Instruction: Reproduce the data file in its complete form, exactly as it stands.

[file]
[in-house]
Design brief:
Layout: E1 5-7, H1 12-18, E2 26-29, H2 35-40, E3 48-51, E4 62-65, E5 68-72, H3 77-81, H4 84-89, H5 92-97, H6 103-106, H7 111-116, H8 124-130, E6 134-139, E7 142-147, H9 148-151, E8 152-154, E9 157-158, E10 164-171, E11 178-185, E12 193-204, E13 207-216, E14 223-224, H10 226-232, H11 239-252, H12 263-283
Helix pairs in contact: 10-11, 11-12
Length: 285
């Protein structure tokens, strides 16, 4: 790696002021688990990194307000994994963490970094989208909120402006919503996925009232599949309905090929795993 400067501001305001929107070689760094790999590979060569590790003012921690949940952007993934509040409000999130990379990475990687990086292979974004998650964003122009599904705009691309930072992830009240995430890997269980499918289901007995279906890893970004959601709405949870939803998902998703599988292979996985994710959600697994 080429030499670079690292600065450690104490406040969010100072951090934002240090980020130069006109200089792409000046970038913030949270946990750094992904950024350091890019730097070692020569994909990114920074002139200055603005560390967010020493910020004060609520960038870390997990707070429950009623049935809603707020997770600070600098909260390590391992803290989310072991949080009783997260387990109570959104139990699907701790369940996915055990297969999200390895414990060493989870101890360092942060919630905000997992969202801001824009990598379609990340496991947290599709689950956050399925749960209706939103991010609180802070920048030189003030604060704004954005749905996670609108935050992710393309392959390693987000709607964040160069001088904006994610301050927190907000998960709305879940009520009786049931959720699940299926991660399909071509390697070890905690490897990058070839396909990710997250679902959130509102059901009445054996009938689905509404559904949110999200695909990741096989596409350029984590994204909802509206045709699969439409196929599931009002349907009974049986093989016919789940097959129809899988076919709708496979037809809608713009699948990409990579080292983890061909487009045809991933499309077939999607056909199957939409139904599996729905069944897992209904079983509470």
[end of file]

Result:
[in-house]
Design brief:
Layout: E1 5-7, H1 12-18, E2 26-29, H2 35-40, E3 48-51, E4 62-65, E5 68-72, H3 77-81, H4 84-89, H5 92-97, H6 103-106, H7 111-116, H8 124-130, E6 134-139, E7 142-147, H9 148-151, E8 152-154, E9 157-158, E10 164-171, E11 178-185, E12 193-204, E13 207-216, E14 223-224, H10 226-232, H11 239-252, H12 263-283
Helix pairs in contact: 10-11, 11-12
Length: 285
């Protein structure tokens, strides 16, 4: 790696002021688990990194307000994994963490970094989208909120402006919503996925009232599949309905090929795993 400067501001305001929107070689760094790999590979060569590790003012921690949940952007993934509040409000999130990379990475990687990086292979974004998650964003122009599904705009691309930072992830009240995430890997269980499918289901007995279906890893970004959601709405949870939803998902998703599988292979996985994710959600697994 080429030499670079690292600065450690104490406040969010100072951090934002240090980020130069006109200089792409000046970038913030949270946990750094992904950024350091890019730097070692020569994909990114920074002139200055603005560390967010020493910020004060609520960038870390997990707070429950009623049935809603707020997770600070600098909260390590391992803290989310072991949080009783997260387990109570959104139990699907701790369940996915055990297969999200390895414990060493989870101890360092942060919630905000997992969202801001824009990598379609990340496991947290599709689950956050399925749960209706939103991010609180802070920048030189003030604060704004954005749905996670609108935050992710393309392959390693987000709607964040160069001088904006994610301050927190907000998960709305879940009520009786049931959720699940299926991660399909071509390697070890905690490897990058070839396909990710997250679902959130509102059901009445054996009938689905509404559904949110999200695909990741096989596409350029984590994204909802509206045709699969439409196929599931009002349907009974049986093989016919789940097959129809899988076919709708496979037809809608713009699948990409990579080292983890061909487009045809991933499309077939999607056909199957939409139904599996729905069944897992209904079983509470």